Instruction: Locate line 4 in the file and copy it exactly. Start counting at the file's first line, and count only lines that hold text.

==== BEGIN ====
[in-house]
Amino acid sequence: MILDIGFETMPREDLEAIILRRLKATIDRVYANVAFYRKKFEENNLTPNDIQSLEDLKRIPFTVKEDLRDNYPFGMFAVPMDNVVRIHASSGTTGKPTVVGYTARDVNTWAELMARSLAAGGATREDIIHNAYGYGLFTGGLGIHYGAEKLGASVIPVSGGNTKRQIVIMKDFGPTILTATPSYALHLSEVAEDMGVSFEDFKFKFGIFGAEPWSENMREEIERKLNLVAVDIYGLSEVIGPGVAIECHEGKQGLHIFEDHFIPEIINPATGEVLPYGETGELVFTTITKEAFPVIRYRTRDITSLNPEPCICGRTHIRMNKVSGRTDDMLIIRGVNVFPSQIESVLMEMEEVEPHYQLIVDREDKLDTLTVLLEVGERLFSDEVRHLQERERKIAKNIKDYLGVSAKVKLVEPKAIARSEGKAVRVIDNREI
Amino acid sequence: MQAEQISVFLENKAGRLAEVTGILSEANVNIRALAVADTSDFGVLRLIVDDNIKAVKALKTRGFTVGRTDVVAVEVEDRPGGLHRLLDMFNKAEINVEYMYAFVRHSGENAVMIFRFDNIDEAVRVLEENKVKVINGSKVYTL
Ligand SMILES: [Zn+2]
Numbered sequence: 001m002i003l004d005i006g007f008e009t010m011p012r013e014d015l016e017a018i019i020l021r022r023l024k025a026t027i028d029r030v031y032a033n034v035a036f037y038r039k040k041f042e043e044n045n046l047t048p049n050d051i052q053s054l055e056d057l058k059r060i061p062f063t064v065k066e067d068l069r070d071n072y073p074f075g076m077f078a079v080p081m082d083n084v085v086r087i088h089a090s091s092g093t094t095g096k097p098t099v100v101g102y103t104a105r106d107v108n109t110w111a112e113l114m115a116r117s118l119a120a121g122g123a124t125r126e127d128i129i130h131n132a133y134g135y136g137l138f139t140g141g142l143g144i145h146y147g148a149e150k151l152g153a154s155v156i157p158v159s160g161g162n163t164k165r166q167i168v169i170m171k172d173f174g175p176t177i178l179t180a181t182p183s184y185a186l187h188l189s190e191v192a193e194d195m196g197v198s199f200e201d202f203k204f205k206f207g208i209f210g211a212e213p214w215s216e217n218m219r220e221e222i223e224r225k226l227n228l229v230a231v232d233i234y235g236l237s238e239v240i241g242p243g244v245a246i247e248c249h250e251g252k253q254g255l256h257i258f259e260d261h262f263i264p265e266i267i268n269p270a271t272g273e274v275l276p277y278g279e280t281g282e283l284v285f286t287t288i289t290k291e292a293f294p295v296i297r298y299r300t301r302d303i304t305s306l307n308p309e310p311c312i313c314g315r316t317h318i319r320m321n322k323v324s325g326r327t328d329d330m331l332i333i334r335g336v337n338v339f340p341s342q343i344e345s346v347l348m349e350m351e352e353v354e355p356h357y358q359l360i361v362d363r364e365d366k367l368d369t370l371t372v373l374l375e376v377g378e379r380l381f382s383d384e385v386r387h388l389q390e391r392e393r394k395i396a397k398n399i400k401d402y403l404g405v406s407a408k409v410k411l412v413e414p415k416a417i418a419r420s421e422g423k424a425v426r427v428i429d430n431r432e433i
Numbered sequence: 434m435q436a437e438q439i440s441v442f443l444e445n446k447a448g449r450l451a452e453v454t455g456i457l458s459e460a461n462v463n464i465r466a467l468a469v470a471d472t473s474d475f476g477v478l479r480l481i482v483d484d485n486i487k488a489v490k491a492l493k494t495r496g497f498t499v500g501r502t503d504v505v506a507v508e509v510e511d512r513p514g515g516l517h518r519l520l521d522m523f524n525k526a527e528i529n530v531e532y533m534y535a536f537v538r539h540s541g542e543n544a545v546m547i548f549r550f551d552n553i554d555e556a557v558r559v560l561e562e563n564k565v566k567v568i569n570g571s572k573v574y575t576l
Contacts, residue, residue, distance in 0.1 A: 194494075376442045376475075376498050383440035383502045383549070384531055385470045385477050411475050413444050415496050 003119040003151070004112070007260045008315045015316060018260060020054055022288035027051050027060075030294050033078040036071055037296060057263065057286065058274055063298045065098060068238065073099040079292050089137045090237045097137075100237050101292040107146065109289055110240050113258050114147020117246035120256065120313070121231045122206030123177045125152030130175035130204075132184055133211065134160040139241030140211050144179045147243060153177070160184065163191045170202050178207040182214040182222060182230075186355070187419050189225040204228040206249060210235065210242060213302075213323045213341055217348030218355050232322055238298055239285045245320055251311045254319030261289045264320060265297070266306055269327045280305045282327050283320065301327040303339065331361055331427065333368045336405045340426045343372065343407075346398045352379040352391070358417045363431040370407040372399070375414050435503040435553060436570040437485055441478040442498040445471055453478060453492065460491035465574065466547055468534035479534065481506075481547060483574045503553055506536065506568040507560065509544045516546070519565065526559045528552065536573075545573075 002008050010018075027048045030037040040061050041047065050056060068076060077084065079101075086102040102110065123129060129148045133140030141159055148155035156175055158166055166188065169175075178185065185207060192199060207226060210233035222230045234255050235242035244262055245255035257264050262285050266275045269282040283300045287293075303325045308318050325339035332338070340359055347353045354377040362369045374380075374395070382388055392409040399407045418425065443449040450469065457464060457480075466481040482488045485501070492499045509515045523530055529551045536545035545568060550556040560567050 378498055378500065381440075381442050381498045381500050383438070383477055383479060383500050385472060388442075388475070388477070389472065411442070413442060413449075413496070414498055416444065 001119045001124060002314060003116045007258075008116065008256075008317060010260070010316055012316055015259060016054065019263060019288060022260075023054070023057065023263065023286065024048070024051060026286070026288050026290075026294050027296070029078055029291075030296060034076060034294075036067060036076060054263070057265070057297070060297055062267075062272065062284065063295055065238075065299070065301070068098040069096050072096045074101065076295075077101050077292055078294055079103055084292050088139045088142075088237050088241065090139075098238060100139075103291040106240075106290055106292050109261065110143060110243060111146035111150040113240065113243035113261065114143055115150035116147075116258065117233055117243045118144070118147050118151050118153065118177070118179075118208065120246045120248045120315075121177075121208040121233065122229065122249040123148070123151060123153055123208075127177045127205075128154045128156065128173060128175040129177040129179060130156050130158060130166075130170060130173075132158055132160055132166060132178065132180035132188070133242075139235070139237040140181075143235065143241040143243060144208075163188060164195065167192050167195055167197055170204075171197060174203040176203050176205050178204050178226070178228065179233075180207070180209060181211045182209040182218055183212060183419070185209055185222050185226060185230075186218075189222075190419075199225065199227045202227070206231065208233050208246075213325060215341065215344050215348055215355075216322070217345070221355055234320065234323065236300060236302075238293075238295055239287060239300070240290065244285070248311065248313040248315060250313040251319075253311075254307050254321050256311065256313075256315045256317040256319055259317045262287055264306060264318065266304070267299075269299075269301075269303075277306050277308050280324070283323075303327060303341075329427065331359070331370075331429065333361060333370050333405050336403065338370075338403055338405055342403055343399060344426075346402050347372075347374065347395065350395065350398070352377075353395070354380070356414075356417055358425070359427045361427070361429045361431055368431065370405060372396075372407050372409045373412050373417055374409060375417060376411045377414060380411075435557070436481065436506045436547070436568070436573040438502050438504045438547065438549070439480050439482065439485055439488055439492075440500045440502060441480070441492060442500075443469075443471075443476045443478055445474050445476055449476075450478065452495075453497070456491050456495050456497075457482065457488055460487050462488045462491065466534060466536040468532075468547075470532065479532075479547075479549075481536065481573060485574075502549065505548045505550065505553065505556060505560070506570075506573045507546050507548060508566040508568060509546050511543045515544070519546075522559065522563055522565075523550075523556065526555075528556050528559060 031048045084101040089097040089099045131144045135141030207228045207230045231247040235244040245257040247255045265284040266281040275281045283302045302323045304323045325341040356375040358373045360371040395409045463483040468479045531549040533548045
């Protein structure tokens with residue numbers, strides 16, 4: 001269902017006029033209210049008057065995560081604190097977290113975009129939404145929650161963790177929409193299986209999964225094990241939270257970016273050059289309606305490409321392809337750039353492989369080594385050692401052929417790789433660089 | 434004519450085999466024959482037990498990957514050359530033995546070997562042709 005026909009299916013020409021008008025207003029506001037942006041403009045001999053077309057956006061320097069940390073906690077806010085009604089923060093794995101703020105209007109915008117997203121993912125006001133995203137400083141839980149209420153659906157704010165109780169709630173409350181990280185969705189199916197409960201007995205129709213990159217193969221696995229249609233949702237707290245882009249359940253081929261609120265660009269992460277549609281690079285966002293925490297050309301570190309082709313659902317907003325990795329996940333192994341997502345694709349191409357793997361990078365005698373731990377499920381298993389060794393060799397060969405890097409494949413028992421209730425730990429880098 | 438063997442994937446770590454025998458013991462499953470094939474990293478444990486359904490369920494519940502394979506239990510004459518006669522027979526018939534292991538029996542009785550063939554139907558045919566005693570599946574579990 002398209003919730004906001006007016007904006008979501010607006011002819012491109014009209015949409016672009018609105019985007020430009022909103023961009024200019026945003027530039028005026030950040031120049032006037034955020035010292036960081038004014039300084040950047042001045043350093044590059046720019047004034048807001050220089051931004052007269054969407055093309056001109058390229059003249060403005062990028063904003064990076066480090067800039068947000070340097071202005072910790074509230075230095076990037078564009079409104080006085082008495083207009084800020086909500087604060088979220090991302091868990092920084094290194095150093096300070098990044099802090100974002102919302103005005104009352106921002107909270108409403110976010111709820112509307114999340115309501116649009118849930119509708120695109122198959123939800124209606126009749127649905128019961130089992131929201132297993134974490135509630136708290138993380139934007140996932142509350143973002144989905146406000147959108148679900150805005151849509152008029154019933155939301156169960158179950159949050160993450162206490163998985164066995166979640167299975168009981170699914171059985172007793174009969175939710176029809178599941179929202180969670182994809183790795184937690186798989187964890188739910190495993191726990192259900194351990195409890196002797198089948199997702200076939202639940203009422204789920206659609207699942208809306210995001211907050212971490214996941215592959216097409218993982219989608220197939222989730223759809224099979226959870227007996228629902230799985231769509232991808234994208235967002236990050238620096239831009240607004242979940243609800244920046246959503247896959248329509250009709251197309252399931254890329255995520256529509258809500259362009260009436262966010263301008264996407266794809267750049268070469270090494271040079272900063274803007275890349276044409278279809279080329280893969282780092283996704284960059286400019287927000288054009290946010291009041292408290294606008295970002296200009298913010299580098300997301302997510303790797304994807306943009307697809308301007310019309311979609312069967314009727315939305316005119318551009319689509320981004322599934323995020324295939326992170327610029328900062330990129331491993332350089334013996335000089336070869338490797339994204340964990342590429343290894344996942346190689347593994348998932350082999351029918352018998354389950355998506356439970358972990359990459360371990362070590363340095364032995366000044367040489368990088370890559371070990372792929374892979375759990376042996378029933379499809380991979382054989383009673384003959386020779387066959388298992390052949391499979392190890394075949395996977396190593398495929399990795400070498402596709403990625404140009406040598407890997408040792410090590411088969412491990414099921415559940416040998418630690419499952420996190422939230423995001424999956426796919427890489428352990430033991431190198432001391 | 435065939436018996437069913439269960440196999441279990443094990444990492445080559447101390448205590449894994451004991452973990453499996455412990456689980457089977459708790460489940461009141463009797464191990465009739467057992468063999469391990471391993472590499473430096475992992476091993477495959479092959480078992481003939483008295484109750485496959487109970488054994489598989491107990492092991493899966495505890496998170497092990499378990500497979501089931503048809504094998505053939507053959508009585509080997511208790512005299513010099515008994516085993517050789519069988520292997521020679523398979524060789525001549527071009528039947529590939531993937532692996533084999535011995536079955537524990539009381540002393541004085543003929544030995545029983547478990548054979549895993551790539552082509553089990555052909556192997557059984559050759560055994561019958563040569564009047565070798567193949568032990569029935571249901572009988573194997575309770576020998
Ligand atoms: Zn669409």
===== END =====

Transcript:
Ligand SMILES: [Zn+2]